Thu. Dec 8th, 2022

Army officers Reject Offer To Convert Disengagement To Voluntary Retirement

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Army officers compulsorily retired in 2016 have rejected an offer to convert their disengagement to voluntary retirement.

One of them, Colonel Danladi Hassan, who appeared before the House of Representatives Committee on Public Petitions, insisted the Army obey the Court of Appeal order to reinstate him with full benefits.

Hassan, Colonel Mohammed Suleiman, Colonel Chidi Ukoha, Lieutenant Colonel Abdulfatai Mohammed and others were forced to retire in 2016.

The affected officers were nine Major Generals, 11 Brigadier Generals, seven colonels and 11 Lieutenant Colonels.

In 2019, the National Industrial Court (NIC) sitting in Abuja ordered that the Nigerian Army reabsorb Colonel Hassan. The ruling was upheld by the Court of Appeal.

But the ruling is yet to be respected, prompting the officers to petition the Green Chamber of the National Assembly to wade into the matter.

Chairman of the Committee, Jerry Alagbaoso later wrote to the Army demanding their appearance before the lawmakers.

At its last sitting, the House told the authorities to put their position in writing and present it at the resumed hearing.

The Army responded via a letter, with ref HQ DLS/A/GI/300/56 dated October 7, 2022, addressed to Alagbaoso. The presentation was made by Major P. C. Obinyan.

The military recommended that the petitioner retain his substantive rank of Colonel, and offered gratuity, pension, certificate of military service and a retired officers’ identity Card.

“The petitioner’s additional request for reinstatement and payment of salaries and allowances for the period he did not work is difficult because of the peculiarity of Military Service, under the Harmonised Terms and Conditions of Service Officer 2021 particularly Chapter 1 Paragraph 01.04 (I).

“Bringing the petitioner to service as a Colonel when his juniors are already on the rank of General will affect military discipline as he will not be 100% loyal to his superiors who were his juniors; thereby having a negative effect on military command and control”, the memo reads in part.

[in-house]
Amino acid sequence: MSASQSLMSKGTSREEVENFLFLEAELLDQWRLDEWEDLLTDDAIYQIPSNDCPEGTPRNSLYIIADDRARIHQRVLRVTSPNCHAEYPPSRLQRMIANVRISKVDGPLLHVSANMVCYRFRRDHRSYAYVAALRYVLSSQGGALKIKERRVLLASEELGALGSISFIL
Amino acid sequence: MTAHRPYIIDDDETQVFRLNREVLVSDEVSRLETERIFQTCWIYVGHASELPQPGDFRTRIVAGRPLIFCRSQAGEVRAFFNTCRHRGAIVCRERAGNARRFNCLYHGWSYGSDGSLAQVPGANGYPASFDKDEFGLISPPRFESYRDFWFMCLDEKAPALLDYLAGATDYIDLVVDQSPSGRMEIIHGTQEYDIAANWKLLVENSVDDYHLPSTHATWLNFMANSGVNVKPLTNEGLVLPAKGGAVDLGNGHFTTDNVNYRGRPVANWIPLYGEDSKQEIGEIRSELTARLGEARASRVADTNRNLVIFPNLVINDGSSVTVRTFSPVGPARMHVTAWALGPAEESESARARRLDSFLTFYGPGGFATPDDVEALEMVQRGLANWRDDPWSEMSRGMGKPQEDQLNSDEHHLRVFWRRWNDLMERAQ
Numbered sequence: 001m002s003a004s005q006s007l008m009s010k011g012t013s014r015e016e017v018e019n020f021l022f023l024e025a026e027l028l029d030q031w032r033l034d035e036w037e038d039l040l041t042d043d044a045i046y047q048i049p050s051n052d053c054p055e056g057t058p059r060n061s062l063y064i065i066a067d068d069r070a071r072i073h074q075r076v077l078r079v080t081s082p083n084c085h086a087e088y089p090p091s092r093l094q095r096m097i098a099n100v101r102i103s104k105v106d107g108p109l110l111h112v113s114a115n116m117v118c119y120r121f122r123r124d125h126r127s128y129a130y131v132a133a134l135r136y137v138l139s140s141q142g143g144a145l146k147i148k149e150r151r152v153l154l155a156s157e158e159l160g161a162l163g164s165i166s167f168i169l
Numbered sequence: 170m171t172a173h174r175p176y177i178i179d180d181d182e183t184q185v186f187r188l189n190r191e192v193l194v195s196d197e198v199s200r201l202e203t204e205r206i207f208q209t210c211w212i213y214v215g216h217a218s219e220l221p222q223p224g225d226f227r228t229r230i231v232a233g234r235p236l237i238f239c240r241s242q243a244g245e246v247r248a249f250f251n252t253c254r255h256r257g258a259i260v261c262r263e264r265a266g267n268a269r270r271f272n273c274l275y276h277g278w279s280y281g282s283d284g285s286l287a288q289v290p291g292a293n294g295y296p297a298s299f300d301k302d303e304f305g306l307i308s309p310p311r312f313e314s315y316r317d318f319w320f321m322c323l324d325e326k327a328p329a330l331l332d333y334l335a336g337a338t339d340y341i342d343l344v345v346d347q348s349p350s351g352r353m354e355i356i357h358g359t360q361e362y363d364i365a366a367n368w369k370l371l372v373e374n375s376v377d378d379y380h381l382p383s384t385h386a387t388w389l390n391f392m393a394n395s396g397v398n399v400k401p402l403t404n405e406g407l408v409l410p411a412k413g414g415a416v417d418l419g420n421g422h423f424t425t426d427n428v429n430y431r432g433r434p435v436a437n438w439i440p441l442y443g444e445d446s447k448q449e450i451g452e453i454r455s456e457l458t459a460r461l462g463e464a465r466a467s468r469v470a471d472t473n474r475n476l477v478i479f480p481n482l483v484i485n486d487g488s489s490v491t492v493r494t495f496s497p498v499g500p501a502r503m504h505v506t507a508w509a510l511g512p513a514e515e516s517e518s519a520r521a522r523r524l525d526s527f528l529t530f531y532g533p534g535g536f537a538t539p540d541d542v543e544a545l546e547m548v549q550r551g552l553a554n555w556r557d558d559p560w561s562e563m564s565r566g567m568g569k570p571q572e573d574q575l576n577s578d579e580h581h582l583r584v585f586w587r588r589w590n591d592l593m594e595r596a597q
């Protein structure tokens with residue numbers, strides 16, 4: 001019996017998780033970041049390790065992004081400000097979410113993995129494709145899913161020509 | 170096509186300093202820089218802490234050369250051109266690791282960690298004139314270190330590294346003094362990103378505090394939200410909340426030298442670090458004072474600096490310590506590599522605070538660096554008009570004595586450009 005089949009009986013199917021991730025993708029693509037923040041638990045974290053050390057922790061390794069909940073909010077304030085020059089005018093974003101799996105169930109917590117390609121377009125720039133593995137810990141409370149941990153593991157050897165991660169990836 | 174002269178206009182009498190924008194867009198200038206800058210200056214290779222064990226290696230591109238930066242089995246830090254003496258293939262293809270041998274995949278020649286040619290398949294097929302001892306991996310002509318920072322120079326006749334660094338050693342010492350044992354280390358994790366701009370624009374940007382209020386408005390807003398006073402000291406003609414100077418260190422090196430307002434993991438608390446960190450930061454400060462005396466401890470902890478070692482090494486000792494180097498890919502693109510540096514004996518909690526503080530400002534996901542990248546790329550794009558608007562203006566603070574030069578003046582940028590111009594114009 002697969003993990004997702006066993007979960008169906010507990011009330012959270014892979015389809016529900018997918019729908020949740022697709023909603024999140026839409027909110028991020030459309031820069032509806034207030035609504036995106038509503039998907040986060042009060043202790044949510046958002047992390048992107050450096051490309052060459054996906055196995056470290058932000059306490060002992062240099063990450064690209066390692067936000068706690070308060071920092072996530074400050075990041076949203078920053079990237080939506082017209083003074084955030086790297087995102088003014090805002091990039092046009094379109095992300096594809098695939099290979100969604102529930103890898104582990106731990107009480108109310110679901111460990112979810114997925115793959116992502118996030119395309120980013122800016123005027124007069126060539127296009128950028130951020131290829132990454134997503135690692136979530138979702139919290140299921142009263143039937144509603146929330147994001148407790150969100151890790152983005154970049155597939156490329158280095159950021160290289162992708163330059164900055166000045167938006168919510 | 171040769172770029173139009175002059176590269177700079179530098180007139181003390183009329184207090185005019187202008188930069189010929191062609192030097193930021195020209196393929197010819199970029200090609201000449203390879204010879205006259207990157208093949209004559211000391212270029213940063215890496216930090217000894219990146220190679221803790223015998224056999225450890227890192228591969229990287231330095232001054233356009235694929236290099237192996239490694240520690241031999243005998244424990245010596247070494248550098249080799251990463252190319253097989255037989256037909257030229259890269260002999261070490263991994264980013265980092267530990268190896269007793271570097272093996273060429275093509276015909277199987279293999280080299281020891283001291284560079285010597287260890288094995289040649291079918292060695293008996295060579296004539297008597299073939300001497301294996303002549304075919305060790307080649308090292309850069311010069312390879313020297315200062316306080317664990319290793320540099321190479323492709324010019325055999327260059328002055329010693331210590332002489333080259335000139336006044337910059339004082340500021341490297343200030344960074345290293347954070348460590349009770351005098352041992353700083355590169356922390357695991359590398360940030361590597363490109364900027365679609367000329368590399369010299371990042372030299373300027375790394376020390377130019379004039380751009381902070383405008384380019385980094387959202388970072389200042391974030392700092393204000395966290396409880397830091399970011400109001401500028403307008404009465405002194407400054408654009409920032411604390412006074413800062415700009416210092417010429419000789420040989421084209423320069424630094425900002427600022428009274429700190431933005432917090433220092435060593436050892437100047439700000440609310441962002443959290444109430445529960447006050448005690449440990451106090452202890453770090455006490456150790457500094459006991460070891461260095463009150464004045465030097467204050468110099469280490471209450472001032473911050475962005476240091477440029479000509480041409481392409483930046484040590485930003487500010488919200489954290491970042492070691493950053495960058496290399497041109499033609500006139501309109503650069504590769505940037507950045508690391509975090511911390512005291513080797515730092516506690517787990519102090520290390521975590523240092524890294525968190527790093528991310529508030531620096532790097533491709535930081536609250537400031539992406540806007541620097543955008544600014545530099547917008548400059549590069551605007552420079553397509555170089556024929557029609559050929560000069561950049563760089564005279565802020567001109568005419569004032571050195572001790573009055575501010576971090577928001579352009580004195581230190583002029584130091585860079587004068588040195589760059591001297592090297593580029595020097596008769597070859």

The Army said in the interest of justice, the recommendation is for the petitioner to write to the Army Council to convert his compulsory retirement to voluntary retirement.

Responding at the Reps sitting, Colonel Hassan maintained his stance that the Army obey the subsisting judgement of the Court of Appeal which ordered reinstatement.

The committee advised Hassan to study the document submitted by the Army authorities and decide on what to do next.

The officers have secured six court victories against their dismissal but the authorities are yet to act.

One of them, Lt Colonel Baba – Ochankpa died in January 2017.

A security source told PRNigeria that the compulsory retirement were based on “wild allegations”.

He said the officers “successfully proved their innocence before the courts and the National Assembly. They have clearly shown that the punishment meted out to them were arbitrary and without any factual basis”.

The source lamented that the Army leadership was yet to review its sanction in spite of “courts rulings, decision of the Nigerian Senate and motion by the House of Representatives, requesting the Nigerian Army to reverse its unlawful, unfair and ill-advised actions”.

In 2016, the former Director of Army Public Relations (DAPR), Sani Usman, announced the retirement of the personnel.

They included 9 Major Generals, 10 Brigadier Generals, 7 Colonels, 11 Lieutenant Colonels and 1 Major.

But the development generated controversies as 80 percent of officers affected were Southerners.

10 top officers including Generals were affected .

The affected 38 officers were Major Generals F. O. Alli, E.J. Atewe, I.N. Ijioma, L.C. Ilo, T.C. Ude, L. Wiwa, S.D. Aliyu, M.Y. Ibrahim and O. Ejemai.

The Brigadier Generals were D. M. Onoyeiveta, A.S.O. Mormoni-Bashir, A.S.H Sa’ad, A. I. Onibasa, D. Abdusalam, L.M. Bello, K.A. Essien, B. A. Fiboinumama, I. M. Lawson and G.O. Agachi.

The Colonels were M.A. Suleiman, P. E. Ekpenyong, T. T. Minimah, O.U. Nwankwo, F. D. Kayode, C K. Ukoha and D.R. Hassan.

The Lieutenant Colonels were C.O. Amadi, K.O. Adimoha, T.E. Arigbe, O.A. Baba-Ochankpa, D. B. Dazang, O.C. Egemole, C. Enemchukwu, A. Mohammed, A.S. Mohammed, G.C. Nyekwu, T. O. Oladuntoye.

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